The good thing is that you have a full crew of people. Many hands on deck make the task easier. If you have experience boating, you'll be fine. Look for areas that aren't crowding other camp sites. It's poor form to dock in an area where others have already set up camp. There are miles of canyons to not be crowded, though early August will be peak season.

As to a philosophy of camping at different areas or not, it's really a personal preference. Moving really allows you to see much more of the lake on an intimate level. Every day can feel like a different adventure and trip, as you have a new canyon to hike or paddle, peak to scale or rock formation to climb. Sunrises and sunsets will have different vantage points. But it's also work to set up and break down and then scout for a new spot and set up again. You spend more time in transit on the houseboat. Which is also more expensive, as it burns fuel. So, just a couple of things to consider.

Just go and have fun and explore. Many things will be quite intuitive when you get there.

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3. Re: Beaching a house boat - really as hard as it comes across?

Good points from Shake. That's exactly how we scout for beaches. When we get in the general area of where we want to camp, we send a few people out in the power boat (with plenty of water/sun protection). When we find a spot, a couple of people stay on the beach while one takes the power boat back to guide the houseboat in. We also look for broad beaches with a gradual drop. We also like beaches that get early sun and early shade in the afternoon. There are different approaches to anchoring. We use sea anchors (my FIL was an old Navy guy) and bury them at the shore line. And we always anchor the windward side first. There's also always someone at the helm to keep the bow up on the beach while anchoring and to control the houseboat in windy conditions.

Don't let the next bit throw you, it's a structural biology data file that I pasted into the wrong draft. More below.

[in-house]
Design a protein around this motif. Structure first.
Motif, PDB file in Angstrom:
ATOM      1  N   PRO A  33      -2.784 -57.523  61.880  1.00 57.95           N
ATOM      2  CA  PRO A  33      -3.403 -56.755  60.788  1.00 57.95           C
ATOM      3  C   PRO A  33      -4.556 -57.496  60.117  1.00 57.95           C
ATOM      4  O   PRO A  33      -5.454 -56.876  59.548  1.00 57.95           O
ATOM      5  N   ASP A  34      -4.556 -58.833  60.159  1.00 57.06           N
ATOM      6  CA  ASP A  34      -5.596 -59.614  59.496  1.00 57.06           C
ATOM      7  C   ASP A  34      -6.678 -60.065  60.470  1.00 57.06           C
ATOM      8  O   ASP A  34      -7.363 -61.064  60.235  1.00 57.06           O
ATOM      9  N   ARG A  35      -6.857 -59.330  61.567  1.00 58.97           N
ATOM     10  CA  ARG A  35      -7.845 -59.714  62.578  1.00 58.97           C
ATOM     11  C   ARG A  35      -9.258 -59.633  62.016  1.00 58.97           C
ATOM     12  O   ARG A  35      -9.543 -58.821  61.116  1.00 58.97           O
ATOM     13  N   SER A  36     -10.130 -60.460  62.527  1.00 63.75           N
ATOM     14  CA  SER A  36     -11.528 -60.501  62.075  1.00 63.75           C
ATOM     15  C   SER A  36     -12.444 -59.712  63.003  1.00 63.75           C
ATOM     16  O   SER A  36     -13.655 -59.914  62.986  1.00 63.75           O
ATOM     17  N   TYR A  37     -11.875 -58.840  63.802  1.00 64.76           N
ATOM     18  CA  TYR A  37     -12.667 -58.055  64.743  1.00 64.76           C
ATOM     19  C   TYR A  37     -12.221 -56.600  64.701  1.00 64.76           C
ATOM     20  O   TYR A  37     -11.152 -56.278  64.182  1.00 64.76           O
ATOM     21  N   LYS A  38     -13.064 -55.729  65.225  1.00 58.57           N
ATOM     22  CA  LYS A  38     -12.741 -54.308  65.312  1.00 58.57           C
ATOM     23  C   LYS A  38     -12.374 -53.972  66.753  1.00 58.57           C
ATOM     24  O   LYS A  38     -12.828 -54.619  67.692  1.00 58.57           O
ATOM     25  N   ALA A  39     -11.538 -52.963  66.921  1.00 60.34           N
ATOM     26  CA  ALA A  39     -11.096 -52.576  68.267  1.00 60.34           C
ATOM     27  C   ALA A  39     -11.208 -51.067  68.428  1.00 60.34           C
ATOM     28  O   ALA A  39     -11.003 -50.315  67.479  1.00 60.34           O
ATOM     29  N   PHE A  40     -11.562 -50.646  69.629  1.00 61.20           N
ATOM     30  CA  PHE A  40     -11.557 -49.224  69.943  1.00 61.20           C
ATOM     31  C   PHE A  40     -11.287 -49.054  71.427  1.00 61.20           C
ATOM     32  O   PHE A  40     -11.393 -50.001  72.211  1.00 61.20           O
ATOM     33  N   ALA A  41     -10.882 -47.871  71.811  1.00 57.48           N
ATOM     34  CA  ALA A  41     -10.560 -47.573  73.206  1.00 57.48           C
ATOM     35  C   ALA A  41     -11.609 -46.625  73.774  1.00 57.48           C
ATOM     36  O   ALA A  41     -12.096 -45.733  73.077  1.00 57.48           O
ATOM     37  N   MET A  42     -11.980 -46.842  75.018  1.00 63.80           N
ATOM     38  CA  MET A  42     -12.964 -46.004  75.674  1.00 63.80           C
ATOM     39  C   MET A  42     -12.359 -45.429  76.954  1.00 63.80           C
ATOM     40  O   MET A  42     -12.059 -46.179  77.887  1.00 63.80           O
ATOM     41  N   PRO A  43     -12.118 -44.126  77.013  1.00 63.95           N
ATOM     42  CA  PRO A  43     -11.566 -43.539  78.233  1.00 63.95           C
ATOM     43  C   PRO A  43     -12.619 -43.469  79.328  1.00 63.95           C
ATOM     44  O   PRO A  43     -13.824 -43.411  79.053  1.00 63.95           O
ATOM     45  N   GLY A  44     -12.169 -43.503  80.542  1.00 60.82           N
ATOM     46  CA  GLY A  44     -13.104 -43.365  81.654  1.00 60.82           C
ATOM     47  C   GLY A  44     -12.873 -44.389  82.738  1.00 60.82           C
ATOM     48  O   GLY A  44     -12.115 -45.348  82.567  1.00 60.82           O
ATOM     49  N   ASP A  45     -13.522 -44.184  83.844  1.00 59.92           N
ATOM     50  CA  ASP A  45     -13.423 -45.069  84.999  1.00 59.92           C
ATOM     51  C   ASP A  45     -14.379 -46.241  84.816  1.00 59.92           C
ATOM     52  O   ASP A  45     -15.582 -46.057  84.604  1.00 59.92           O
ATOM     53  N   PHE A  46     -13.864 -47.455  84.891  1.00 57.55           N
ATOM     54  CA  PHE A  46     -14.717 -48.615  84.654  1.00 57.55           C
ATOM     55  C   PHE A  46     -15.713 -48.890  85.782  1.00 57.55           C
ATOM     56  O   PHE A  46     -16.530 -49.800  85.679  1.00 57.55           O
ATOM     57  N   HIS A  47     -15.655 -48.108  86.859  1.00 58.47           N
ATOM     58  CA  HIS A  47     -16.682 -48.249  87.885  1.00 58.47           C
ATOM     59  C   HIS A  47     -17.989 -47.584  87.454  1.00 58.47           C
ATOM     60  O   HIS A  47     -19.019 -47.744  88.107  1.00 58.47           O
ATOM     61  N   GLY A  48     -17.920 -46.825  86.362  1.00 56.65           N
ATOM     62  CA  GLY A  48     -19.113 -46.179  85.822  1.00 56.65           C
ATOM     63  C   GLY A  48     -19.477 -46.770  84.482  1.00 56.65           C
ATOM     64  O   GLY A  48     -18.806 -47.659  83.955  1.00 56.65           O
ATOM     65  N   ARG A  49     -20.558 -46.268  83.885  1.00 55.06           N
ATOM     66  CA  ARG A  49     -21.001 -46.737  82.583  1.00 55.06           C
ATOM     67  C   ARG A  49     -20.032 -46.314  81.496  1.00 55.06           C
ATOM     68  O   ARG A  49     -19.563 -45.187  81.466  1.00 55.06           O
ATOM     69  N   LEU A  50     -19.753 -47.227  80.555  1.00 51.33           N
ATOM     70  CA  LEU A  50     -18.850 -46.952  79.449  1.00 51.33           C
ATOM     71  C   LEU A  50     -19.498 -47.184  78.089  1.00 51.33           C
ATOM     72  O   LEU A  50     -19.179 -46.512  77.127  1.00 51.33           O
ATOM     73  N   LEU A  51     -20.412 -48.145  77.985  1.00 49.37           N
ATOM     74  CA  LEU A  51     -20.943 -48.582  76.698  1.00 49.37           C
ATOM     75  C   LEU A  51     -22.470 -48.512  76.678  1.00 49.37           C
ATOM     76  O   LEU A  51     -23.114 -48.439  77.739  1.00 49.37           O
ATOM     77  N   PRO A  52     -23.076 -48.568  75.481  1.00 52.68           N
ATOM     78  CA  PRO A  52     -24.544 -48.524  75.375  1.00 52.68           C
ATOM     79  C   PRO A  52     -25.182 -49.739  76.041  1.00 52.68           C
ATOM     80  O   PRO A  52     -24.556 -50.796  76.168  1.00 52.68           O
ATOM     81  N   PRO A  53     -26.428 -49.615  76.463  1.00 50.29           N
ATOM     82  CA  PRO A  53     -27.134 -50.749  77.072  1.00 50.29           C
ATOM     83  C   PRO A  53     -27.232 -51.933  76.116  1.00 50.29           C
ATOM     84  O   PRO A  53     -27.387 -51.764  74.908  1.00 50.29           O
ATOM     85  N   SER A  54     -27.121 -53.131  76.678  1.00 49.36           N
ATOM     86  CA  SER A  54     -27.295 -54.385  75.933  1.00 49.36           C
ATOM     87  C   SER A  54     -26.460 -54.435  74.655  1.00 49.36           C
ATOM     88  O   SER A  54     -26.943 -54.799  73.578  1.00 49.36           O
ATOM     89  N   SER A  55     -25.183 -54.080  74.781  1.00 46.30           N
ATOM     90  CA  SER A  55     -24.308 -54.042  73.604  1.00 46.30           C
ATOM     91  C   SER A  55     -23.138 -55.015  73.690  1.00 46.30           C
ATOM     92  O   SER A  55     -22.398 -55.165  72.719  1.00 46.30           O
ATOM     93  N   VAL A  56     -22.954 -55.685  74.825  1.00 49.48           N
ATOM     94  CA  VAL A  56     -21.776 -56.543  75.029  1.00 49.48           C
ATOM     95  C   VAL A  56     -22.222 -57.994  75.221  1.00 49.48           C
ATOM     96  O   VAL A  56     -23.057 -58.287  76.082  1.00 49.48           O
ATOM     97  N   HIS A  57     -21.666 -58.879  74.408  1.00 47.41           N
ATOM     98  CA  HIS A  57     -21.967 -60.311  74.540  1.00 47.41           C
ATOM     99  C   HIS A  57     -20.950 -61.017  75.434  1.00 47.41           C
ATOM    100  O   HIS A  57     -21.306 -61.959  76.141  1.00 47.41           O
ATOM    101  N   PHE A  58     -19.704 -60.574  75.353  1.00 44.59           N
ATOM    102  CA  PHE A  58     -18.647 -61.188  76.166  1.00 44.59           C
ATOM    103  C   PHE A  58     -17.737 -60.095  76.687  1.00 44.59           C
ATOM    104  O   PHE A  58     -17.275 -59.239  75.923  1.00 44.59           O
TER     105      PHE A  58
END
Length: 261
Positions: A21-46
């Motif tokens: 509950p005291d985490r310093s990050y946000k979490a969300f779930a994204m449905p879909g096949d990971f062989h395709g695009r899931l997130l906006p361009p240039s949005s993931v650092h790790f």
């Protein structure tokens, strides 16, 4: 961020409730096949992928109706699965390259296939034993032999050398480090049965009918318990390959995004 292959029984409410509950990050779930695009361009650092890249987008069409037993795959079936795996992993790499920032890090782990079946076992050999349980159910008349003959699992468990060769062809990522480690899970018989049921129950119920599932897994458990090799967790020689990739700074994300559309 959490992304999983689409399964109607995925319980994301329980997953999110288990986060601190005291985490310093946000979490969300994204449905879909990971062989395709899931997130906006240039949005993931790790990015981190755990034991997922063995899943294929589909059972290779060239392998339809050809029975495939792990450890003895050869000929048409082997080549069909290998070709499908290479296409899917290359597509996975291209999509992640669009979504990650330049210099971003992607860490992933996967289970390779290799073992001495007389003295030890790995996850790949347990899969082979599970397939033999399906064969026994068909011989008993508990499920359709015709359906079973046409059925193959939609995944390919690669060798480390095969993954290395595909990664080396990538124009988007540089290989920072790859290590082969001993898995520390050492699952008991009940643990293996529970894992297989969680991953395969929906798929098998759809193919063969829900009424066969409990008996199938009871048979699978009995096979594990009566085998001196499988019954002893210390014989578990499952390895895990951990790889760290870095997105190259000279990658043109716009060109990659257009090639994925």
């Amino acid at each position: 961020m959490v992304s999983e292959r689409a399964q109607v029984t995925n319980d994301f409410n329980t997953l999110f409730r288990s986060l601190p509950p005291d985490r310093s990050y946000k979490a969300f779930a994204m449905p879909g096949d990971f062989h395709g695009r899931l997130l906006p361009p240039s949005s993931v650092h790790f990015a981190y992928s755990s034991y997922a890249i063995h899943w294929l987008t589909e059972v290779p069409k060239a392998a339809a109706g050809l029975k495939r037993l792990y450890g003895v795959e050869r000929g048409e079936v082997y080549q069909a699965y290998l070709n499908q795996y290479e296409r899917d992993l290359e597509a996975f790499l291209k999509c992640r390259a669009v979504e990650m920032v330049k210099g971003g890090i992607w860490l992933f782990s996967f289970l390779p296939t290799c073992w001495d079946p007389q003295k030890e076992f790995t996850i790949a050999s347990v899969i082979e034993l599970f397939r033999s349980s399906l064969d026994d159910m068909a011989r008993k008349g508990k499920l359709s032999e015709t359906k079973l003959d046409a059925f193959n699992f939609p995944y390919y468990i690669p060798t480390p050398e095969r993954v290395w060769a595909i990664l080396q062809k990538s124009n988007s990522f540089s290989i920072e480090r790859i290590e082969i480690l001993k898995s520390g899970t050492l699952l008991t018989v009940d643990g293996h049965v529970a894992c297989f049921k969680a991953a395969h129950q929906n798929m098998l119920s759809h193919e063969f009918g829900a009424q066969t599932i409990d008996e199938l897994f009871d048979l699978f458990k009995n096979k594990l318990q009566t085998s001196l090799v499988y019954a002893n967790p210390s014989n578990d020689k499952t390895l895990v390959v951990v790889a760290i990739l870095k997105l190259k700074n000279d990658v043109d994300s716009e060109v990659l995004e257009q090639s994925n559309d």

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4. Re: Beaching a house boat - really as hard as it comes across?

My biggest gripe with moving the houseboat regularly is the time burn. Obviously, it depends on how far you want to travel for each move - and how adept your crew becomes. However, I plan on it taking half-a-day minimum. If we're up relatively early, have some breakfast, break down the existing camp, travel (~8 mph), scout, determine the location, beach, anchor, set up, etc., we're having a late lunch and some of the best parts of the day (cooler temps, calmer water) are history.

So, if you've got seven days, your first and last days are severely limited just by checking out and returning the boat. Then, if you move twice, for example, that's another two half-days. You've burned three of your seven days.

Now, some people consider the moving activity to be just as much of the Lake Powell experience as the hiking, paddle boarding, exploring, etc. I used to also. But now I'm squarely in the mindset of finding one spectacular spot and staying there all week. The money I save in houseboat gas let's us motor all around the lake in the speedboat. Just my two cents.

Hope you have a fantastic trip!

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5. Re: Beaching a house boat - really as hard as it comes across?

I totally agree with bartsplace.

Atascadero...
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6. Re: Beaching a house boat - really as hard as it comes across?

Not much to add to what the others have said, except I would note that for an experienced group with teenage labor, anchoring and de-anchoring will be a piece of cake. I personally like moving the houseboat a couple of times, partly because different campsites provide different perspectives, but partly because O like to use the skiboat as a vehicle to hike into side canyons. Moving the houseboat base closer to these opportunities can make hiking or deep Canyon exploration more efficient...